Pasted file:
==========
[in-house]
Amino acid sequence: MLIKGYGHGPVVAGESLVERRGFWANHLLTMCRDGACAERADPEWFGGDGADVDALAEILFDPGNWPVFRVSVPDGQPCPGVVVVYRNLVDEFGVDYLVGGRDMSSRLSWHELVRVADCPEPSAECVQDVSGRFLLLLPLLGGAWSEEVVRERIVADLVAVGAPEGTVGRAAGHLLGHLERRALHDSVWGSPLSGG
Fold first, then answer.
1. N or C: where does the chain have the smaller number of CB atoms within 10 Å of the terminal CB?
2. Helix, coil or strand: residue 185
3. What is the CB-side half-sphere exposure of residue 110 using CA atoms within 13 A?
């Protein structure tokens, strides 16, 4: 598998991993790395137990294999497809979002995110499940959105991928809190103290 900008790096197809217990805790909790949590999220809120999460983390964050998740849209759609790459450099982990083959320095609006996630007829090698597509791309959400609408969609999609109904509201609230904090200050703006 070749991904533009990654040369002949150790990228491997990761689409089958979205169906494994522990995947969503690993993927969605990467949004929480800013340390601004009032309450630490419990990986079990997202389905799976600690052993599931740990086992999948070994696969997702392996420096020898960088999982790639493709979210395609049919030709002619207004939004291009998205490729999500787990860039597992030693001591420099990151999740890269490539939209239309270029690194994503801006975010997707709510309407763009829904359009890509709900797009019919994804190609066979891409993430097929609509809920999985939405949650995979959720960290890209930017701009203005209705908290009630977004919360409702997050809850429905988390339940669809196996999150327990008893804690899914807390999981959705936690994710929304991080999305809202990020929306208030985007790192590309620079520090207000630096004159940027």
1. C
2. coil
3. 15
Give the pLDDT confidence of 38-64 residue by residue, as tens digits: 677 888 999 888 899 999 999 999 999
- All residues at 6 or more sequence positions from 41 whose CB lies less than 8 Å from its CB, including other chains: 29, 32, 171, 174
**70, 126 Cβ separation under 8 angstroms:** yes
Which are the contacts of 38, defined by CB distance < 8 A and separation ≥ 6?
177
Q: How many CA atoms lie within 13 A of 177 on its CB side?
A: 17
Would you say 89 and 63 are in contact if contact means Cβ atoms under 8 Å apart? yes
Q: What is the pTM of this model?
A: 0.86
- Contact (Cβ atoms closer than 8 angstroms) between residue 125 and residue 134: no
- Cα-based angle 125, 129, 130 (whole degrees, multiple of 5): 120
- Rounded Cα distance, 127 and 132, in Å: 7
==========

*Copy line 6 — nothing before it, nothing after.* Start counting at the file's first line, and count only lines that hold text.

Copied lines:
3. What is the CB-side half-sphere exposure of residue 110 using CA atoms within 13 A?